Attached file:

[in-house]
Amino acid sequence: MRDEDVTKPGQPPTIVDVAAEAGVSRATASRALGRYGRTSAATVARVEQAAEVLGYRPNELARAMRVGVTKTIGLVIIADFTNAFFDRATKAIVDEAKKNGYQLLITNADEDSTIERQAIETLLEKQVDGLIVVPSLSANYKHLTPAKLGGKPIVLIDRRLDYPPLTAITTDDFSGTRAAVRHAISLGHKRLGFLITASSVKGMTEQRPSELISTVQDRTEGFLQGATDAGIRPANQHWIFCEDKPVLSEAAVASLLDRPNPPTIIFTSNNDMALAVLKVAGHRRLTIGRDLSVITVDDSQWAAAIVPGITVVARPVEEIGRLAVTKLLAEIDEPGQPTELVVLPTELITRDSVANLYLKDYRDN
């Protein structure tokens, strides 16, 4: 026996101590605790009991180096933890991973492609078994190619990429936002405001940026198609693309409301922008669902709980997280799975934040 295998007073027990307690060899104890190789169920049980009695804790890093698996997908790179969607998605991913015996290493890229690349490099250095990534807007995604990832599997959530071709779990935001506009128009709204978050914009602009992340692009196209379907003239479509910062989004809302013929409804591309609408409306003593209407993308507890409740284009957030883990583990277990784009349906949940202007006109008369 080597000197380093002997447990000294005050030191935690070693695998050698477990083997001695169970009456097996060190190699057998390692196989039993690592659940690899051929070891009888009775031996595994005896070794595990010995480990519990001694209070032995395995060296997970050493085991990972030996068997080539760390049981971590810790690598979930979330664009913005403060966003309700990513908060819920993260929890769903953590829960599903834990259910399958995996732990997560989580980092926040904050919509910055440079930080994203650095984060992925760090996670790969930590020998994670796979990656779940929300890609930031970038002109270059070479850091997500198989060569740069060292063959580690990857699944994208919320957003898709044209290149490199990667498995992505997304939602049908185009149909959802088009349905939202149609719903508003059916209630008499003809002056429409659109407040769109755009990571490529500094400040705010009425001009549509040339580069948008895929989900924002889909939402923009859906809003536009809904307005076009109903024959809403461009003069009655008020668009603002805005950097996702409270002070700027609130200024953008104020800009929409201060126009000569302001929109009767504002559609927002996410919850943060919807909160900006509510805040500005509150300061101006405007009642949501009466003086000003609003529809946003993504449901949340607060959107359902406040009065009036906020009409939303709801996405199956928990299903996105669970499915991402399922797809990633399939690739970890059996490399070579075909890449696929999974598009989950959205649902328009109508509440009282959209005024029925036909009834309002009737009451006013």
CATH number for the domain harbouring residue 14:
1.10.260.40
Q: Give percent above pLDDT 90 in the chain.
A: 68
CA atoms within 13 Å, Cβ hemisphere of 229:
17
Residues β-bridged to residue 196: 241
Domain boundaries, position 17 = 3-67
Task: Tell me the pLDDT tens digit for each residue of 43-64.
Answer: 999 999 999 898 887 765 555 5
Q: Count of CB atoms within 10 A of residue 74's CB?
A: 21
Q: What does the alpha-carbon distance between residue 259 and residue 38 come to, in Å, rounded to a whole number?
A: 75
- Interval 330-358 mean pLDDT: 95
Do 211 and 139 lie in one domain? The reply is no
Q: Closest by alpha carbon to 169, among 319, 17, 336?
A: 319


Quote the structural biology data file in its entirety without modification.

[in-house]
Amino acid sequence: MRDEDVTKPGQPPTIVDVAAEAGVSRATASRALGRYGRTSAATVARVEQAAEVLGYRPNELARAMRVGVTKTIGLVIIADFTNAFFDRATKAIVDEAKKNGYQLLITNADEDSTIERQAIETLLEKQVDGLIVVPSLSANYKHLTPAKLGGKPIVLIDRRLDYPPLTAITTDDFSGTRAAVRHAISLGHKRLGFLITASSVKGMTEQRPSELISTVQDRTEGFLQGATDAGIRPANQHWIFCEDKPVLSEAAVASLLDRPNPPTIIFTSNNDMALAVLKVAGHRRLTIGRDLSVITVDDSQWAAAIVPGITVVARPVEEIGRLAVTKLLAEIDEPGQPTELVVLPTELITRDSVANLYLKDYRDN
């Protein structure tokens, strides 16, 4: 026996101590605790009991180096933890991973492609078994190619990429936002405001940026198609693309409301922008669902709980997280799975934040 295998007073027990307690060899104890190789169920049980009695804790890093698996997908790179969607998605991913015996290493890229690349490099250095990534807007995604990832599997959530071709779990935001506009128009709204978050914009602009992340692009196209379907003239479509910062989004809302013929409804591309609408409306003593209407993308507890409740284009957030883990583990277990784009349906949940202007006109008369 080597000197380093002997447990000294005050030191935690070693695998050698477990083997001695169970009456097996060190190699057998390692196989039993690592659940690899051929070891009888009775031996595994005896070794595990010995480990519990001694209070032995395995060296997970050493085991990972030996068997080539760390049981971590810790690598979930979330664009913005403060966003309700990513908060819920993260929890769903953590829960599903834990259910399958995996732990997560989580980092926040904050919509910055440079930080994203650095984060992925760090996670790969930590020998994670796979990656779940929300890609930031970038002109270059070479850091997500198989060569740069060292063959580690990857699944994208919320957003898709044209290149490199990667498995992505997304939602049908185009149909959802088009349905939202149609719903508003059916209630008499003809002056429409659109407040769109755009990571490529500094400040705010009425001009549509040339580069948008895929989900924002889909939402923009859906809003536009809904307005076009109903024959809403461009003069009655008020668009603002805005950097996702409270002070700027609130200024953008104020800009929409201060126009000569302001929109009767504002559609927002996410919850943060919807909160900006509510805040500005509150300061101006405007009642949501009466003086000003609003529809946003993504449901949340607060959107359902406040009065009036906020009409939303709801996405199956928990299903996105669970499915991402399922797809990633399939690739970890059996490399070579075909890449696929999974598009989950959205649902328009109508509440009282959209005024029925036909009834309002009737009451006013």
CATH number for the domain harbouring residue 14:
1.10.260.40
Q: Give percent above pLDDT 90 in the chain.
A: 68
CA atoms within 13 Å, Cβ hemisphere of 229:
17
Residues β-bridged to residue 196: 241
Domain boundaries, position 17 = 3-67
Task: Tell me the pLDDT tens digit for each residue of 43-64.
Answer: 999 999 999 898 887 765 555 5
Q: Count of CB atoms within 10 A of residue 74's CB?
A: 21
Q: What does the alpha-carbon distance between residue 259 and residue 38 come to, in Å, rounded to a whole number?
A: 75
- Interval 330-358 mean pLDDT: 95
Do 211 and 139 lie in one domain? The reply is no
Q: Closest by alpha carbon to 169, among 319, 17, 336?
A: 319